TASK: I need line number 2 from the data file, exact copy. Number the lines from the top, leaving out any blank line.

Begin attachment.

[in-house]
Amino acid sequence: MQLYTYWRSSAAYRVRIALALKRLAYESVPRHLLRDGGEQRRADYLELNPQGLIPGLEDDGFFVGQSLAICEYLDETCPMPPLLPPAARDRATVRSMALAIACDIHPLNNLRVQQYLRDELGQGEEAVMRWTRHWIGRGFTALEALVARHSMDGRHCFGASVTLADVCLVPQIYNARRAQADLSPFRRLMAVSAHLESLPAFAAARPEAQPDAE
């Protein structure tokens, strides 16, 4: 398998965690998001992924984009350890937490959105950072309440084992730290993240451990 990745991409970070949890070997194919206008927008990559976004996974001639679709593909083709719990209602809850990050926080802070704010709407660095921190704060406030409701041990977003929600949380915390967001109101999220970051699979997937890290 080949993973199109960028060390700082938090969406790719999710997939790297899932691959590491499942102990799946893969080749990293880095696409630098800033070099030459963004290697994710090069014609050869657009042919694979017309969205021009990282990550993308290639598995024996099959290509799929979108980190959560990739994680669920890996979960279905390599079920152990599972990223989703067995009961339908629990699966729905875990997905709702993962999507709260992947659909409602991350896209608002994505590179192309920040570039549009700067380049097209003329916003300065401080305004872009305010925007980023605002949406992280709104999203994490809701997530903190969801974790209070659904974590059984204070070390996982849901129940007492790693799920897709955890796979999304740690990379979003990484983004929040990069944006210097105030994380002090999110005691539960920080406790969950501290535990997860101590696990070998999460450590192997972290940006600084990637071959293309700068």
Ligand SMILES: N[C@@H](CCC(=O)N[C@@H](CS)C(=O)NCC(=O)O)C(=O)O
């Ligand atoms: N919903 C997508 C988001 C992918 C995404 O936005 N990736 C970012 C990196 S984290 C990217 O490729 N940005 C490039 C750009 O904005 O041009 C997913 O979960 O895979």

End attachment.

Amino acid sequence: MQLYTYWRSSAAYRVRIALALKRLAYESVPRHLLRDGGEQRRADYLELNPQGLIPGLEDDGFFVGQSLAICEYLDETCPMPPLLPPAARDRATVRSMALAIACDIHPLNNLRVQQYLRDELGQGEEAVMRWTRHWIGRGFTALEALVARHSMDGRHCFGASVTLADVCLVPQIYNARRAQADLSPFRRLMAVSAHLESLPAFAAARPEAQPDAE